Defense

Russia has lost 15,000 soldiers in Ukraine, CIA chief estimates

William Burns, Director of the Central Intelligence Agency, speaks to the Senate Intelligence Committee during a hearing examining worldwide threats on Thursday, March 10, 2022.
Anna Rose Layden
William Burns, Director of the Central Intelligence Agency, speaks to the Senate Intelligence Committee during a hearing examining worldwide threats on Thursday, March 10, 2022.

CIA Director William Burns on Wednesday estimated that 15,000 Russians have died in Ukraine and some 45,000 have been wounded.

Burns, speaking at the Aspen Security Forum in an interview with NBC News chief Washington correspondent Andrea Mitchell, said intelligence estimates of battlefield casualties are “always a range.”

“There’s no perfect number,” Burns said.

“I think the latest estimates from the U.S. intelligence community would be something in the vicinity of 15,000 killed and maybe three times that wounded, so a quite significant set of losses,” he continued. “And the Ukrainians have suffered as well, probably a little less than that. But significant casualties.”

Ukraine has claimed even higher numbers of Russian casualties, estimating in April that its military had killed more than 20,000 Russian soldiers.

The United Nations Office of the High Commissioner for Human Rights estimated last week that Russia’s invasion had resulted in 5,024 civilian deaths and 6,520 civilians injured.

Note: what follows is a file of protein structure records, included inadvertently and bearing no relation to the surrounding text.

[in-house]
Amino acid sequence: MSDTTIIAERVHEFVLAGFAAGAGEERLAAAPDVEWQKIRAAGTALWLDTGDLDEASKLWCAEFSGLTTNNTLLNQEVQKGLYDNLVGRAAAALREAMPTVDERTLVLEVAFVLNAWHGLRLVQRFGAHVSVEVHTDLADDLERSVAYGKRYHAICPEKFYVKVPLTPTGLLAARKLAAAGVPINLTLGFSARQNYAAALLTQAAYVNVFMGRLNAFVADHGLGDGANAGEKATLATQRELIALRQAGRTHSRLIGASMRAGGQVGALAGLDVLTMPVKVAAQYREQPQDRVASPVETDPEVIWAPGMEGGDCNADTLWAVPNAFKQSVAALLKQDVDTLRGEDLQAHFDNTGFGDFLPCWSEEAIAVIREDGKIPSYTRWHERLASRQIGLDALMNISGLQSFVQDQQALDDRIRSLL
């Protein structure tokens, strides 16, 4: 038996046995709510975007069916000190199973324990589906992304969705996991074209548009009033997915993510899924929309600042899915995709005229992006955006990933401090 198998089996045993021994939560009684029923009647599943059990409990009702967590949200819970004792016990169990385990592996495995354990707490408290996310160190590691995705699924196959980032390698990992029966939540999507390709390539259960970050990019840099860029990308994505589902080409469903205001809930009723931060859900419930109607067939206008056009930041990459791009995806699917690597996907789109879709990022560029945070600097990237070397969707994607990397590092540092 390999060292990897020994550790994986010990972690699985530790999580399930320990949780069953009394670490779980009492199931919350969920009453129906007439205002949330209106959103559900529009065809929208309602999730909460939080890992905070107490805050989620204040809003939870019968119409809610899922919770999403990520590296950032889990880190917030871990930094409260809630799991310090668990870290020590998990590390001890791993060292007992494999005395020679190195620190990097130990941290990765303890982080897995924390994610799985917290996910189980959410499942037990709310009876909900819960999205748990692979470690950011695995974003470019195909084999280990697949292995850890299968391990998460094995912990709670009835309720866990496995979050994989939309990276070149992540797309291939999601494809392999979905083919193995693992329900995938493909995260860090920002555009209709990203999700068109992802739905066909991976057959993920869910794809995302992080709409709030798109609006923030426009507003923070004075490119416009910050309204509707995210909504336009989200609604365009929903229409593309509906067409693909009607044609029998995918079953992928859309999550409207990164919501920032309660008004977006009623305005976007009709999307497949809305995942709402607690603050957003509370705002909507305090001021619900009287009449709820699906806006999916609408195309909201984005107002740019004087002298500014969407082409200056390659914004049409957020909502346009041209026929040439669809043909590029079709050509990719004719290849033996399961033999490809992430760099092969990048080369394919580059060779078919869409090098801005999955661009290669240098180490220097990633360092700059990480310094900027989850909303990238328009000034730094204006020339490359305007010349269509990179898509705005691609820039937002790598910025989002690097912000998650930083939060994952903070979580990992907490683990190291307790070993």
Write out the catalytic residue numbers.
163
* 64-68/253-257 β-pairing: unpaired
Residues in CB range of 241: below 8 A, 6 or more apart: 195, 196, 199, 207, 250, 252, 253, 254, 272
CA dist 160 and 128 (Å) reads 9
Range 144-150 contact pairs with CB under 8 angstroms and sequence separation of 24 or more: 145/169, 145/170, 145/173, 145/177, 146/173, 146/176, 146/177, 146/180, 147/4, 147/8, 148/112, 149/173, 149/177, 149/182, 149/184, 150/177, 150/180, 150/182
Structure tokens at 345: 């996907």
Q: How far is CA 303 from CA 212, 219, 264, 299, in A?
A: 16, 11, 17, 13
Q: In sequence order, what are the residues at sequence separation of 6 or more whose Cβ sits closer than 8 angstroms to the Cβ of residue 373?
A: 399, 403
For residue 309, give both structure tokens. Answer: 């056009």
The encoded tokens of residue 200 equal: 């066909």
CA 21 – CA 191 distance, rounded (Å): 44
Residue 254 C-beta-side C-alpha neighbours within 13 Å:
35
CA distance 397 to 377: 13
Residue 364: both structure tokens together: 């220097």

Burns also weighed in on speculation about Russian President Vladimir Putin’s mental and physical health, saying that while he was “unstable,” the Russian leader has his “own way of looking at reality.”

“There are lots of rumors about President Putin’s health, and, as far as we can tell, he’s entirely too healthy,” Burns said. “It’s not a formal intelligence judgment.”

Burns added that Russia faced “catastrophic failures” in the first phase of its invasion, when it failed to take Kyiv and western areas of Ukraine, but noted how it has since realigned its efforts to focus on the industrial heartland in Ukraine’s east, known as the Donbas.

The CIA chief described the new phase of the war as a more “comfortable way of war” for the Russians, saying it enables them to use long-range weapons and avoid continued significant casualties even with “weaknesses” in their remaining manpower.

“The Russians and the Russian military have adapted,” Burns said. “One of my recent conversations with one of my Ukrainian counterparts, he pointed out that the dumb Russians are all dead.”

Ukrainian President Volodymyr Zelensky has pleaded with Western countries to provide more heavy weapons to Ukraine to compete with Russian firepower. He recently called for the U.S. and allies to help bring an end to the war by December.

The U.S. since about early June has been sending Ukraine High Mobility Artillery Rocket Systems so it can more precisely strike targets from greater distances.

Defense Secretary Lloyd Austin on Wednesday said the Biden administration will announce an additional security package later this week that will include four more of the launchers, bringing the total to 16.

Tags Andrea Mitchell russia Russia-Ukraine war ukraine Vladimir Putin Vladimir Putin Volodymyr Zelensky William Burns William Burns
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